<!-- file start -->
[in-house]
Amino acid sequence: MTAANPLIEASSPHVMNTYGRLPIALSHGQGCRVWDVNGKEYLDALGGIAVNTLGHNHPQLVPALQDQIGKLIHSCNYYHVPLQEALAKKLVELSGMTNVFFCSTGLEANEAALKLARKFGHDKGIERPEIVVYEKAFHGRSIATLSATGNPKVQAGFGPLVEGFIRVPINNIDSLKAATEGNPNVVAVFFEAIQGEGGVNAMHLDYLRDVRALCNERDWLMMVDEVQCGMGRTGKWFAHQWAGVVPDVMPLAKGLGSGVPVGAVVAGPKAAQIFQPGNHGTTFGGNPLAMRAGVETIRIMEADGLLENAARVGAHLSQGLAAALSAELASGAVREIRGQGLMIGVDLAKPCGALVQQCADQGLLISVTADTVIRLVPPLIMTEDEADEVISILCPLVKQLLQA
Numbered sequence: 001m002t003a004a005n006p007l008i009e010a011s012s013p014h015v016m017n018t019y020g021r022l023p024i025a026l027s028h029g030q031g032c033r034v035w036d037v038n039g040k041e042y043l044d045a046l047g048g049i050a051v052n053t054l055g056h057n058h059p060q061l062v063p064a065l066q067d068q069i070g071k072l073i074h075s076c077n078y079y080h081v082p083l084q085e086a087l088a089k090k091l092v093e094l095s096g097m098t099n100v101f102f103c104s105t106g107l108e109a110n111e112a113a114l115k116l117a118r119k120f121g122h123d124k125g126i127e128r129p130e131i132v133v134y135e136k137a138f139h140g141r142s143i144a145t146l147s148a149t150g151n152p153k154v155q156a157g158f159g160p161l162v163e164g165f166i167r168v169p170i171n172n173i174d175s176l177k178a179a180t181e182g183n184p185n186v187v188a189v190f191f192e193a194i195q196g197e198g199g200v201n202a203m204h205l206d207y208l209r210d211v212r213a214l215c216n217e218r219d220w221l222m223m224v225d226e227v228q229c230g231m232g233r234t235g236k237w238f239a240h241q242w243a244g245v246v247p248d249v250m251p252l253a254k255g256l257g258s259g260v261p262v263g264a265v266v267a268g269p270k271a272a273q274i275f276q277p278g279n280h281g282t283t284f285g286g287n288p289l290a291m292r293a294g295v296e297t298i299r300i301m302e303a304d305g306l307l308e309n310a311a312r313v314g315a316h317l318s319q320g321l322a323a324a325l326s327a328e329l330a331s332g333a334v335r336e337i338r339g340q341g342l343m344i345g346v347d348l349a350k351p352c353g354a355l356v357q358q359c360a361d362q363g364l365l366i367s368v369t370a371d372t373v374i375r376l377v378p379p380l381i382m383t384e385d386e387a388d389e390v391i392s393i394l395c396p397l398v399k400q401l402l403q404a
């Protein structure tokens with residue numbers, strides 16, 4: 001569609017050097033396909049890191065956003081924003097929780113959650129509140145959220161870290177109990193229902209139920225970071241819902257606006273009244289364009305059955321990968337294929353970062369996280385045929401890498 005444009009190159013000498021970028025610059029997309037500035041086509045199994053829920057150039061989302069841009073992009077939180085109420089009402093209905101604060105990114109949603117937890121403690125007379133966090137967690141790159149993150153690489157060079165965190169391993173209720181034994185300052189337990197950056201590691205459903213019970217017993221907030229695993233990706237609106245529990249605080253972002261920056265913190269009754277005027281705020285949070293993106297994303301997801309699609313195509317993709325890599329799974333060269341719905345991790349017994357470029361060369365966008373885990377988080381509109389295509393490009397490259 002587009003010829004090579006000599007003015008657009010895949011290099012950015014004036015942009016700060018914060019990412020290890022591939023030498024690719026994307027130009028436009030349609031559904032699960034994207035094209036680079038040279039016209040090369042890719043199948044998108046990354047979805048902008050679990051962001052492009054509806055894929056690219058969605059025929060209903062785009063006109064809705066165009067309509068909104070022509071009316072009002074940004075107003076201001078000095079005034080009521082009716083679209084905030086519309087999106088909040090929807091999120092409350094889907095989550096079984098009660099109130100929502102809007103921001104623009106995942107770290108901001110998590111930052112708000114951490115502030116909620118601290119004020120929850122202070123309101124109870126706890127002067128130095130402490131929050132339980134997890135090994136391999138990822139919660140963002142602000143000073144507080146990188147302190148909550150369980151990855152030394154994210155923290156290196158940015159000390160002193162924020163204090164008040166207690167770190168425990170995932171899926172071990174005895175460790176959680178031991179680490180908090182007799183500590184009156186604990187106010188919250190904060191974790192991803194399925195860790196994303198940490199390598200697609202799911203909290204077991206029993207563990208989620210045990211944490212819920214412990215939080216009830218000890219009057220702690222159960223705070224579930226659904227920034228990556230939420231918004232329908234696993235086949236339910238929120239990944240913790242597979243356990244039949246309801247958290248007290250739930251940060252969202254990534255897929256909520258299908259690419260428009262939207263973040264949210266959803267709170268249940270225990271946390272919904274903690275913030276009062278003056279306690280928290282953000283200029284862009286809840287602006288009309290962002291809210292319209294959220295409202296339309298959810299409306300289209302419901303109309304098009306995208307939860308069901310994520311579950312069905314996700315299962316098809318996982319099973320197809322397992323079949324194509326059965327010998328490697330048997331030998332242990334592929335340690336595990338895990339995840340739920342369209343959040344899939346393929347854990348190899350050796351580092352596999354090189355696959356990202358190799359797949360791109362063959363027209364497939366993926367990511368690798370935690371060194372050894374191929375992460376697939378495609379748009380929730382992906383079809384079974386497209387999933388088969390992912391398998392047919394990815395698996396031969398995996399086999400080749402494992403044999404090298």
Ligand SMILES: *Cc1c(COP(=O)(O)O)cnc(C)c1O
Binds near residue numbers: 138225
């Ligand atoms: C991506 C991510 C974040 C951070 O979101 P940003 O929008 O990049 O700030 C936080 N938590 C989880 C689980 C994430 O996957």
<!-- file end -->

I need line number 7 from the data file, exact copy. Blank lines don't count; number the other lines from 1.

């Ligand atoms: C991506 C991510 C974040 C951070 O979101 P940003 O929008 O990049 O700030 C936080 N938590 C989880 C689980 C994430 O996957």